Two weeks ago on my way home from church, I was traveling on a very crowded 2 Express train. Now New Yorkers know on a crowded train anything goes: no space, rude comments, and unfortunately you might find yourself all up in someone else’s personal space. I’ve lived in New York State for seven years and New York City for three years with only one incident where I felt my life was in danger. Still, nothing prepared me for what happened. I’m always on my guard, that is who I am, but for some reason I decided to not listen to that still small, voice that tells you that something is wrong. For some reason, I decided to rationalize that because I was on a crowded train that this was normal and that 1) no one would be that stupid to try something in daylight with so many witnesses and 2) someone would speak up for me if they saw something inappropriate. I won’t go into details, but needless to say what happened was beyond inappropriate and this extremely naïve 23-year-old virgin did not realize what was happening until she stepped off the train.
Obviously, I was angry, hurt, and just pissed off. I blamed people because I realized when I looked back there was plenty of room and they could see in plain sight what was happening. But then again, they easily could have thought I was with this person. Yes, lil ol me with this 45 year old, shorter than me, pathetic excuse for a man. Then, I blamed myself because I decided rather to get lost in my headphones (like so many New Yorkers) than to accept the fact that someone was all up on my ass. In truth, I had no one to blame but myself because when I felt the need to speak up I chose not to out of fear of causing a scene and being labeled that loud, crazy, black girl. By God’s good grace nothing worse happened and I have to be grateful that I was not physically injured. Needless to say, though, I’ve learned my lesson: crowded trains are no excuse for inappropriate touching. And if anyone should try something like that in the future, I will hurt you.
So why am I writing about this? Well, I got the “Welcome to New York” speech twice. Thank you, but I was welcomed by the drunkard who shoved me into a concrete wall and countless homeless men pissing and masturbating on the train a long time ago. No matter what, this is not okay and no woman should be subjected to that. But because this could happen to anybody and with the string of attacks happening in Brooklyn, I feel its necessary for every woman (…and yes, even the men) to be on guard and protect ourselves. When you sense something is wrong, listen to your instincts. They are there for a reason; walk away, get off the train, get out of the cab, flag down a cop or MTA personnel. Whatever you do, USE YOUR VOICE!!! Do whatever it takes to get out of harm’s way. And if you see something wrong, please speak out. I know mainstream culture has desensitized us to so many things, including violence (its everywhere here in the city), but we’re human beings and our bodies are valued and deserve respect. (Yes, y’all can probably sense the projection here…)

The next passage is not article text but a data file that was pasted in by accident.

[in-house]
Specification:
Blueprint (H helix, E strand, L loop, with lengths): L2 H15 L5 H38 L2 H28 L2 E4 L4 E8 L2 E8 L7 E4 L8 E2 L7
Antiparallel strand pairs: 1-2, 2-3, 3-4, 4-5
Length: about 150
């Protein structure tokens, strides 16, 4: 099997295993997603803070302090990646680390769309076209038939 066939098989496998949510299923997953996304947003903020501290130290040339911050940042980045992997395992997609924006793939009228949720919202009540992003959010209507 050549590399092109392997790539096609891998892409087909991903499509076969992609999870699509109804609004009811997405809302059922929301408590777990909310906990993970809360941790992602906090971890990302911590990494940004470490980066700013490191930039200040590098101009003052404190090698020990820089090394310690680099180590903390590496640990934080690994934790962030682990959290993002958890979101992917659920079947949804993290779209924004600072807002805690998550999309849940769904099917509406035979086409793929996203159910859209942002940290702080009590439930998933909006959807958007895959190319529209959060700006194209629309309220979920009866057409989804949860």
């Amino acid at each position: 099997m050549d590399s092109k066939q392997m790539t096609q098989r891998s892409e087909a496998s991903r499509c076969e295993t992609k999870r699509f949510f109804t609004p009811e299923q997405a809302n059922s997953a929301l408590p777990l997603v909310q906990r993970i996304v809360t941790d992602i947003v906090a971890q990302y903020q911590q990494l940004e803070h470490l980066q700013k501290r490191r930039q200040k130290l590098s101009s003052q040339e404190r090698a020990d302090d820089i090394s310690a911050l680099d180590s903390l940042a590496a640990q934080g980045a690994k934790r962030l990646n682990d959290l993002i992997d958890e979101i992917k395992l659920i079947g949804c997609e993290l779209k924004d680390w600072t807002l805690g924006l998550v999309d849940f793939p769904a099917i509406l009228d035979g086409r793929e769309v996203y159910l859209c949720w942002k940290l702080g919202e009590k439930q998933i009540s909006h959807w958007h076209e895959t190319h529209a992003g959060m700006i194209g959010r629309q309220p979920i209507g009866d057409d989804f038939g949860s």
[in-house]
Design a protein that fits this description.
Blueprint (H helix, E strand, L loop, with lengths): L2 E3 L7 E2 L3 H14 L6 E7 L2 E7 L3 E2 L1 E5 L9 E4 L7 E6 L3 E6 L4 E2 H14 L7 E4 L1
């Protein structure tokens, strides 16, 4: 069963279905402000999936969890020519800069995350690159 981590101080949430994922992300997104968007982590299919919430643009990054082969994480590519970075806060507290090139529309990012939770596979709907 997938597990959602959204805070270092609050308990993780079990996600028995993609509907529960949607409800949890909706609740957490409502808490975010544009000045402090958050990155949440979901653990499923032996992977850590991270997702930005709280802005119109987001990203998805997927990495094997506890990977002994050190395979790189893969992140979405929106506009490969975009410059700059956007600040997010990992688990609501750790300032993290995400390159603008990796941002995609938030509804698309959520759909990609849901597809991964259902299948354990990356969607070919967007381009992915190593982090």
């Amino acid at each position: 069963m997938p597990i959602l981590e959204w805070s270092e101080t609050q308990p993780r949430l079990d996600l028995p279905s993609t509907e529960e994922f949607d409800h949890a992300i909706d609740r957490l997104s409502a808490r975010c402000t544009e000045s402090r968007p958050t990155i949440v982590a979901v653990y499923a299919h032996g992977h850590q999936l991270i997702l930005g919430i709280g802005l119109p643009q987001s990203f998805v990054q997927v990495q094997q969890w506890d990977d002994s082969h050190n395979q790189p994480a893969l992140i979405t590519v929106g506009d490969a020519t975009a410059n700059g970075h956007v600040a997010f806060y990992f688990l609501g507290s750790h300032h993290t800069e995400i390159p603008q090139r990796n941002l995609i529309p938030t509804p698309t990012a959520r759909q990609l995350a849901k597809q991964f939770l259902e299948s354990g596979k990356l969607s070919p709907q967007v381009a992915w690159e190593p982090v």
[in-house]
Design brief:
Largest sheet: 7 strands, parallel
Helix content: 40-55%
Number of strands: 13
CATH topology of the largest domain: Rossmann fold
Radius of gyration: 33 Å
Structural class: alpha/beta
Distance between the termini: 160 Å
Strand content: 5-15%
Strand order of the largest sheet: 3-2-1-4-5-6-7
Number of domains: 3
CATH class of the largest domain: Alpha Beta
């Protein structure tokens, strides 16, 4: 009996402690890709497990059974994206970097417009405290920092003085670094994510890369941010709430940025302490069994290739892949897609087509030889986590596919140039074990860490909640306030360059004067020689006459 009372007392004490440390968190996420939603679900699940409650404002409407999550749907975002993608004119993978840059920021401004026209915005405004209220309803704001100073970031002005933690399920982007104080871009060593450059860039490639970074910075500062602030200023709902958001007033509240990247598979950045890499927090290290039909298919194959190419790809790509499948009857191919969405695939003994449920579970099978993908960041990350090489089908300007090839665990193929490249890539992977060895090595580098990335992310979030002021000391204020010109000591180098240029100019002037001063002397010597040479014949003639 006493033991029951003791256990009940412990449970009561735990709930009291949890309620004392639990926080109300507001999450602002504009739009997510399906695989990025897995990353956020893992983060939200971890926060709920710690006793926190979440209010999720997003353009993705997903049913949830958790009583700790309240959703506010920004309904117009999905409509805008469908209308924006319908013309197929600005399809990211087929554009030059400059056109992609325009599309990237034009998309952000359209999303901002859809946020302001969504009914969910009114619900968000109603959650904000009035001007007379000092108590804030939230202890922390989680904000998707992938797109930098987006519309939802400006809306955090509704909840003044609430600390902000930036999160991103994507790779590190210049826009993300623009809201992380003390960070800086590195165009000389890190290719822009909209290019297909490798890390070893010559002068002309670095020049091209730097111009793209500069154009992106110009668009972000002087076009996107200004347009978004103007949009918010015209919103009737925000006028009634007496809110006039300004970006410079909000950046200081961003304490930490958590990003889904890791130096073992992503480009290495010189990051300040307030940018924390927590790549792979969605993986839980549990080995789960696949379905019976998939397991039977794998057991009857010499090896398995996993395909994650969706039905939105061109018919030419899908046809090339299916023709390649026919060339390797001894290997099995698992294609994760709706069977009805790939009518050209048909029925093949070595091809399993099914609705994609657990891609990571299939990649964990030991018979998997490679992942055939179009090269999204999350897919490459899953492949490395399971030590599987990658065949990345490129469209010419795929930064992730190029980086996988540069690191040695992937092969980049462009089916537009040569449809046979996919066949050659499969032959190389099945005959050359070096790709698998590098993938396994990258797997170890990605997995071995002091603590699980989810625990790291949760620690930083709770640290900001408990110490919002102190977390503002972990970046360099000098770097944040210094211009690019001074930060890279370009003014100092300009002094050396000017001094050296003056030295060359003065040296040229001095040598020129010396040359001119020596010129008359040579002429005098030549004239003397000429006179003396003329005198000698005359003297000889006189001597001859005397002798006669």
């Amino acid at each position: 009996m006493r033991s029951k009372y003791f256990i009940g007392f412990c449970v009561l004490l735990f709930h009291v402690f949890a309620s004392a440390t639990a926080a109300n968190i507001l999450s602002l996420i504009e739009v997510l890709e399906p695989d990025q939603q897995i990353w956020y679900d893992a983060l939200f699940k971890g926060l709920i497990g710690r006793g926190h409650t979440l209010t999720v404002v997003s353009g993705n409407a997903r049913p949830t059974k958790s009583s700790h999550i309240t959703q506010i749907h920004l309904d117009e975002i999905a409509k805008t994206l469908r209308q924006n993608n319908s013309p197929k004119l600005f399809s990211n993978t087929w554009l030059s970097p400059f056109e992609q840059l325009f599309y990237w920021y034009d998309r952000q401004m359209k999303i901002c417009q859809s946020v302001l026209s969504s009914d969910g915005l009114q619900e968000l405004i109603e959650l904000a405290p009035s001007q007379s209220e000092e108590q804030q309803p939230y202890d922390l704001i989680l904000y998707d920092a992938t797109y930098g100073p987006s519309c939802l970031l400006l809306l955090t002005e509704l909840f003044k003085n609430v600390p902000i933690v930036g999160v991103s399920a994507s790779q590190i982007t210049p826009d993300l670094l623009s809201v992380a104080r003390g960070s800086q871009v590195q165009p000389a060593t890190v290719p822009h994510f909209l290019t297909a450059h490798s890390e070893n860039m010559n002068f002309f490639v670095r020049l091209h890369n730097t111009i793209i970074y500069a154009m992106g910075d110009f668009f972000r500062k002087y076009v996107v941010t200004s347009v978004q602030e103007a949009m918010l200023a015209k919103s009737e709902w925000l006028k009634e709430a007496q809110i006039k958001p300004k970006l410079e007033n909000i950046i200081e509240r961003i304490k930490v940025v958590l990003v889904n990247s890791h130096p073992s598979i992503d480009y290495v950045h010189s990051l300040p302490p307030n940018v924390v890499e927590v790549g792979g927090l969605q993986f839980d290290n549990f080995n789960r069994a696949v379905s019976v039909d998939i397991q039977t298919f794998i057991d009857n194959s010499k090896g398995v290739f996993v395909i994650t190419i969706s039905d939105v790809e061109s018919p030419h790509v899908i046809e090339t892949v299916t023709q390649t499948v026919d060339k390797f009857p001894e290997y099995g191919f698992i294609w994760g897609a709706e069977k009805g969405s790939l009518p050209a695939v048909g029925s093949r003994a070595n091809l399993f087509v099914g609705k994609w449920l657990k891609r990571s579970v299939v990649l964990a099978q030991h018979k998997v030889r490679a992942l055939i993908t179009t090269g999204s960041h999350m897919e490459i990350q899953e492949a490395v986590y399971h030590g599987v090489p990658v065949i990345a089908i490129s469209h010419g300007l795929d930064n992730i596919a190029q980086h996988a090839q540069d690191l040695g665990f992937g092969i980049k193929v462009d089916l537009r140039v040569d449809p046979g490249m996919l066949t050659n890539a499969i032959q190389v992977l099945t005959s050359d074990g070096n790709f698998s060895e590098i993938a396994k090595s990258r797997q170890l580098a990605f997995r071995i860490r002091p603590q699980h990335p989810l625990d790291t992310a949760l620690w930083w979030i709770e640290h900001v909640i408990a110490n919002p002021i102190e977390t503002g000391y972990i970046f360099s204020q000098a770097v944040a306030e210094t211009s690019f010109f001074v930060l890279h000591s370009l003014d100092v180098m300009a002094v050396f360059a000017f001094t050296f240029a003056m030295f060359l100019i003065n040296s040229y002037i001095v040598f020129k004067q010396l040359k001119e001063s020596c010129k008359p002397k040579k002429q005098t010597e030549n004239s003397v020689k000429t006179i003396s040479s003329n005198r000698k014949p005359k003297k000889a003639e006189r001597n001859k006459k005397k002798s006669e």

One way to respect you and your body are self-defense classes. Even if it is one class, ladies especially should learn a thing or two about protecting ourselves. I personally suggest Krav Maga. Krav Maga is the art of self-defense used by the Israeli Defense Forces. I’ve taken a few classes, not only does it bust your ass, but teaches you how to kick an attacker’s. If you’re in Brooklyn check out, Brooklyn Krav Maga Federation. The teachers and other students are really nice (and pretty hot!), but are very serious about you not leaving without learning one key way to stop an attacker. They incorporate Jewish philosophy into their teachings, which I love, and are very clear that what they teach is to defend yourself. So, don’t get cocky and kick someone’s ass because you can! If not Krav Maga, the New York City Council is offering free Self-defense classes in Central Park. If you’re not in NYC, check out your local YMCA for self-defense classes.
Ladies, remember to take the necessary precautions when you go out. Have 911 on speed dial. Bring your pepper spray. Don’t leave your drink unattended. If you’re running (especially alone – which I don’t advise), wear your reflective gear. Do not be afraid to speak up. Your body is important and no one has the right to touch you without your consent. Finally no matter how it may look, don’t be afraid to speak up for yourself because its obvious no one else will.